…Even as demonstrations grew against the Saleh regime, US officials praised his government’s cooperation. “I can say today the counterterrorism cooperation with Yemen is better than it’s been during my whole tenure,” Brennan declared in September.

But US counterterrorism policy is extremely unpopular in Yemen….

By last summer, the Obama administration had begun construction on a secret air base on the Arabian peninsula, closer than its base in Djibouti, that could serve as a launching pad for expanded drone strikes in Yemen. The September [2011] drone strike that killed US citizen Anwar al-Awlaki was reportedly launched from that new base, which analysts suspect is either in Saudi Arabia or Oman, both of which border Yemen…. The Americans have also provided real-time intelligence, obtained by drones, to Yemeni forces in [the hotly contested province of Abyan]. “It has been an active partnership. The Americans help primarily with logistics and intelligence,” [Gen. Mohammed al-Sumali] says. “Then we pound the positions with artillery or airstrikes.”

…Some of the unilateral strikes have killed their intended targets, such as the CIA attack on Awlaki. But others have killed civilians—at times, a lot of civilians. And many of these have been in Abyan and its neighboring province of Shebwa, both of which have recently seen a substantial rise of AQAP activity. President Obama’s first known authorization of a missile strike on Yemen, on December 17, 2009, killed more than forty Bedouins, many of them women and children, in the remote village of al Majala in Abyan. Another US strike, in May 2010, killed an important tribal leader and the deputy governor of Marib province, Jabir Shabwani, sparking mass anger at the United States and {then-President] Saleh’s government. “I think these airstrikes were based on false intelligence from the regime, because that is the nature of the contractor,” [opposition leader Mohammad] Qahtan charges. “The contractor wants to create more work in return for earning more money.”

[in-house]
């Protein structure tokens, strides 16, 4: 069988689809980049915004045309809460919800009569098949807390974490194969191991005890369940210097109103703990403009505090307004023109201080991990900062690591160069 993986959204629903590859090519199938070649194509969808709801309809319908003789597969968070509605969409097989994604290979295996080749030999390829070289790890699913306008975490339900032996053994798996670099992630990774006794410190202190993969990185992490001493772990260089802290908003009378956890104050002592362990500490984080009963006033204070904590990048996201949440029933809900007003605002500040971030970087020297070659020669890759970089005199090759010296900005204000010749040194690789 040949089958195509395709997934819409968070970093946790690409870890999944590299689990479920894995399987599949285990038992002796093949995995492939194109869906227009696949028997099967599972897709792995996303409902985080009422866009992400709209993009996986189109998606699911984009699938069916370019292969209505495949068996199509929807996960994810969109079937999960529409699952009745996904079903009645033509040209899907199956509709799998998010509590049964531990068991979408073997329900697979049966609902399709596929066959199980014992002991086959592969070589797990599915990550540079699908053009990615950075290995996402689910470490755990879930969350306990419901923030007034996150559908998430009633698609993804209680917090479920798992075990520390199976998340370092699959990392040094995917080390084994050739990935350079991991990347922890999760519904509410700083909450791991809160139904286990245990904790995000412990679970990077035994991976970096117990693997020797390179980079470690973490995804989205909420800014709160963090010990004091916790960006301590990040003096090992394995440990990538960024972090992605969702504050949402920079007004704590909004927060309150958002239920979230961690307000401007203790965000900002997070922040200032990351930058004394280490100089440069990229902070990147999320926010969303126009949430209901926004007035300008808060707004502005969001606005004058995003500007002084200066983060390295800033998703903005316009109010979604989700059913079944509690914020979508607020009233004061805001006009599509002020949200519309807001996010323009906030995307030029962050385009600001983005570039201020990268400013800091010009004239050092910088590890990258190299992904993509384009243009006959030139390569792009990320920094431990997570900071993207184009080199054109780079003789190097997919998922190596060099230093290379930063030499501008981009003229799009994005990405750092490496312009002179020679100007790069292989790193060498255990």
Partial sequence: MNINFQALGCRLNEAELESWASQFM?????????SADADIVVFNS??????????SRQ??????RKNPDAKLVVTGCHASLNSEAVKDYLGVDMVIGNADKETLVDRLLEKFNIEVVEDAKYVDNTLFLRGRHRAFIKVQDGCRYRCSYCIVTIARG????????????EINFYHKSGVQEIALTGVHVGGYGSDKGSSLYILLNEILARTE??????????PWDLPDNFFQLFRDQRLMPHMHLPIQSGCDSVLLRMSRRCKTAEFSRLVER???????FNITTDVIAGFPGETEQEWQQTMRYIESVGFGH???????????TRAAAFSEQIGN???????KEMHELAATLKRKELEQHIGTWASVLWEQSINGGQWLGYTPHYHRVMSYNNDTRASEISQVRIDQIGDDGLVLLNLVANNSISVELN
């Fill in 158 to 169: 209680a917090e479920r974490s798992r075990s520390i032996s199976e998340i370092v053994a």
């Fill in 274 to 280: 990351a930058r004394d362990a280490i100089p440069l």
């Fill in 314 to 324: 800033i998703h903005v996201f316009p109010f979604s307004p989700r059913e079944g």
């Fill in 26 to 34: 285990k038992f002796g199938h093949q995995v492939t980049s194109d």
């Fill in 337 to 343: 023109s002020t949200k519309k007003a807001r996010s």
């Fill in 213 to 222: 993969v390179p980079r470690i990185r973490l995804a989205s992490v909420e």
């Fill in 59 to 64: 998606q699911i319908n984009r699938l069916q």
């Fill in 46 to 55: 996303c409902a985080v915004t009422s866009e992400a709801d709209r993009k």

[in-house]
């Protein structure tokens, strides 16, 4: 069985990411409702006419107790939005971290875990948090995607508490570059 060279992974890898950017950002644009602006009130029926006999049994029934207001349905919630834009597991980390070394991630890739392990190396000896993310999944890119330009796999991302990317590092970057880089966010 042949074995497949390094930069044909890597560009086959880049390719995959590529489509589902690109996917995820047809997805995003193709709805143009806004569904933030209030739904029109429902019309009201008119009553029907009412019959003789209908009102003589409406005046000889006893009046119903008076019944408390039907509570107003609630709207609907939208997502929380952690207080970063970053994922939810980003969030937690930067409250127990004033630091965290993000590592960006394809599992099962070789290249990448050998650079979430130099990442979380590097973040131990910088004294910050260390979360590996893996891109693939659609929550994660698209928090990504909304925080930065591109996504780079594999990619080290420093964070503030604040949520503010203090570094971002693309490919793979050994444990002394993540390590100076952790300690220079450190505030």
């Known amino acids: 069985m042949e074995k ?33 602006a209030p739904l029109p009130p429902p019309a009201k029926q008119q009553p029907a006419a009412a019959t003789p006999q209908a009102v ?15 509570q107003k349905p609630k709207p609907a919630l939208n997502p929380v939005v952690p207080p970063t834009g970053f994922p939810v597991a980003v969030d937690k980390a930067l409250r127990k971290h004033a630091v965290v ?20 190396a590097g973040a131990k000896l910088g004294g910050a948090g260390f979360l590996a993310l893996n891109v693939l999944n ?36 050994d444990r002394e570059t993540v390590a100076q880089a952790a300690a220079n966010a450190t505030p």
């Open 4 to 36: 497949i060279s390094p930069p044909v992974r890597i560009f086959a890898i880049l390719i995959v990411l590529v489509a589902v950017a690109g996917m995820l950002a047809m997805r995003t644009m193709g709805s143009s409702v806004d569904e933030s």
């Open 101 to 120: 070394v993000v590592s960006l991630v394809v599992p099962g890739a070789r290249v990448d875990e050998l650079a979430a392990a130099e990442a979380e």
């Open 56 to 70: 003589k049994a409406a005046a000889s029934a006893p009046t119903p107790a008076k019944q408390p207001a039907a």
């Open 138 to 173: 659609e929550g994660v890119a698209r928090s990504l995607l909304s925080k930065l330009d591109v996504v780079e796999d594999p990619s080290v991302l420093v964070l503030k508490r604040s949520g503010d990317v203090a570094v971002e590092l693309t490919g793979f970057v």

…The October drone strike that killed Awlaki’s 16-year-old son, Abdulrahman, a US citizen, and his teenage cousin shocked and enraged Yemenis of all political stripes. “I firmly believe that the [military] operations implemented by the US performed a great service for Al Qaeda, because those operations gave Al Qaeda unprecedented local sympathy,” says [Abdul Rezzaq al Jamal, an independent Yemeni journalist]. The strikes “have recruited thousands.” Yemeni tribesmen, he says, share one common goal with Al Qaeda, “which is revenge against the Americans, because those who were killed are the sons of the tribesmen, and the tribesmen never, ever give up on revenge.” Even senior officials of the Saleh regime recognize the damage the strikes have caused. “People certainly resent these [US] interventions,” Qirbi, the foreign minister and a close Saleh ally, concedes.

For the United States, the most serious question that lingers over Yemen after [President] Ali Abdullah Saleh is: Did US counterterrorism policy strengthen the very threat it sought to eliminate? “It was a major fiasco,” Iryani says of the past decade of US counterterrorism policy in Yemen. “I think if we had been left alone, we would have less terrorists in Yemen than we do now.”